Greece: "Lockdown fatigue" blamed for fueling mass protests
ATHENS, Greece (AP) — Faced with a surge in coronavirus infections and a wave of violent anti-government demonstrations, Greece’s center-right prime minister accused political opponents Friday of exploiting lockdown fatigue.
Dozens of demonstrations have taken place in Athens and other Greek cities over the past month following multiple allegations of police brutality in enforcing a nightly curfew and other strict lockdown measures. The protests were also fueled by a recent decision to launch police patrols on university campuses as well as a hunger strike by a jailed militant group gunman to demand a prison transfer.
Often attended by thousands in defiance of lockdown restrictions, the protests have triggered nightly clashes between demonstrators and police.
Speaking in parliament, Prime Minister Kyriakos Mitsotakis claimed opposition parties had acted irresponsibly and ignored his appeals for calm.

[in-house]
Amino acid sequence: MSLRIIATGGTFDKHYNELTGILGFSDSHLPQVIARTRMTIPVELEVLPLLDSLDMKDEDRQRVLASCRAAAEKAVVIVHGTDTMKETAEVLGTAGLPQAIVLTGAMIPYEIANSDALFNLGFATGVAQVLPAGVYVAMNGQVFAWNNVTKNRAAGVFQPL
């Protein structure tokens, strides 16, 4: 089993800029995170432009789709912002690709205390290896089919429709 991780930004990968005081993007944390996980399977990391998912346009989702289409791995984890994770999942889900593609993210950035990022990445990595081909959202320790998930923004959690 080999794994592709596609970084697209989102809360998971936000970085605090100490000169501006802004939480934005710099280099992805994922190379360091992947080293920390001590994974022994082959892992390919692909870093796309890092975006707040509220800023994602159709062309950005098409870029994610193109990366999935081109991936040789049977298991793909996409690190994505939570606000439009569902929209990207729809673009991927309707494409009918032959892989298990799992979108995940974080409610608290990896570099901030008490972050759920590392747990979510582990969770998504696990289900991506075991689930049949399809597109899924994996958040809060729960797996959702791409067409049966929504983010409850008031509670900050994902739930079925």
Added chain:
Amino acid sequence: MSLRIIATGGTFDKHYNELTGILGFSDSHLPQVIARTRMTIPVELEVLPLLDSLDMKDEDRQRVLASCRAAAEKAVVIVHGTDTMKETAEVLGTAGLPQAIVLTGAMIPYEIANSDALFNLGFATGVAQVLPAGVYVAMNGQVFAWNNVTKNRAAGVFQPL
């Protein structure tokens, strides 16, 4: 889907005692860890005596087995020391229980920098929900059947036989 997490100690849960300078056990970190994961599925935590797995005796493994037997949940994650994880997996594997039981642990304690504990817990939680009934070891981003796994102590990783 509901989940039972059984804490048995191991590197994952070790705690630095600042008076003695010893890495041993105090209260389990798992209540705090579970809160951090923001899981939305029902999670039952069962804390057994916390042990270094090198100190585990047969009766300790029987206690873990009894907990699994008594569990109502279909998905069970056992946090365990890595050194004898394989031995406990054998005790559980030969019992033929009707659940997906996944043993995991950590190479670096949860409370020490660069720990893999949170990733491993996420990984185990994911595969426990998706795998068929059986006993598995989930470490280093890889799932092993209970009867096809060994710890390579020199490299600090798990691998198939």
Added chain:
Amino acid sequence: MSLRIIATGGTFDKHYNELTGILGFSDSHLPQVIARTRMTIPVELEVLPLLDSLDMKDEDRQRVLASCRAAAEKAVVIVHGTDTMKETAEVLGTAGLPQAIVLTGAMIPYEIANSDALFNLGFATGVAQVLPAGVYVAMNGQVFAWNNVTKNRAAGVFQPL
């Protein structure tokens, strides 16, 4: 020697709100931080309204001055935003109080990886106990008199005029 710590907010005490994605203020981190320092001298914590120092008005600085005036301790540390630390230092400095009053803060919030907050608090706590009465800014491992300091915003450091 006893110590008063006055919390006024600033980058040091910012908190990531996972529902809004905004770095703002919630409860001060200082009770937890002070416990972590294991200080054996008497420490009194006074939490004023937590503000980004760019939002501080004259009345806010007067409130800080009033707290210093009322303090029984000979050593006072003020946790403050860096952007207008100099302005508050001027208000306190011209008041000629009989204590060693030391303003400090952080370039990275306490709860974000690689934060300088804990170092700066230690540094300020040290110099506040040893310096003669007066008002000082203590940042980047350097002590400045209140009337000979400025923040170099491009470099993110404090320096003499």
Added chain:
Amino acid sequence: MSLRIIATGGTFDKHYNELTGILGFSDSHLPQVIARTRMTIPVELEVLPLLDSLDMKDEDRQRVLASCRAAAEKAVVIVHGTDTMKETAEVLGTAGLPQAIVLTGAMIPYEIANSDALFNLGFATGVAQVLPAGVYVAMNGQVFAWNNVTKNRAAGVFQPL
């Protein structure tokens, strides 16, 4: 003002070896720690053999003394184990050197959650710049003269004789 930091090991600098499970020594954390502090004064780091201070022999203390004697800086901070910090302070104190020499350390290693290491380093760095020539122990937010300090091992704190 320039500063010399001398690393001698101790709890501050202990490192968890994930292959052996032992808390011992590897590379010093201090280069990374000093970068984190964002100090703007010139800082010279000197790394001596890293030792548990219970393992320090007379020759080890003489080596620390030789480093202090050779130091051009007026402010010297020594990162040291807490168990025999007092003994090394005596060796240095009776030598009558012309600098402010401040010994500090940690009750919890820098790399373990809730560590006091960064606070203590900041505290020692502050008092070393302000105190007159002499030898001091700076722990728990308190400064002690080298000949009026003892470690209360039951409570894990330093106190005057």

“There is a serious risk that the pandemic will be turned from a threat to public health into a threat to our society, by those who exploit the flammable material that is the fatigue from (lockdown) measures,” Mistotakis said. “We all agreed on these measures, but some choose to light a fire that will torch the unity and security of our citizens.”
Officials in the conservative government have expressed concern that the frequent rallies could be boosting the spread of COVID-19.
The infection rate in Greece recently exceeded those of Britain and the United States, and on Thursday stood at 20.2 per 100,000 residents as a seven-day rolling average.
Alexis Tsipras, a former prime minister and current left-wing opposition leader, argued that the government’s use of heavy-handed policing had backfired.
“You are presenting the public with a false reality,” Tsipras told parliament. “And even worse, you are taking advantage of the pandemic as a pretext to impose harsh measures, restrict democratic rights and freedoms, and advance an agenda that is damaging the public interest.”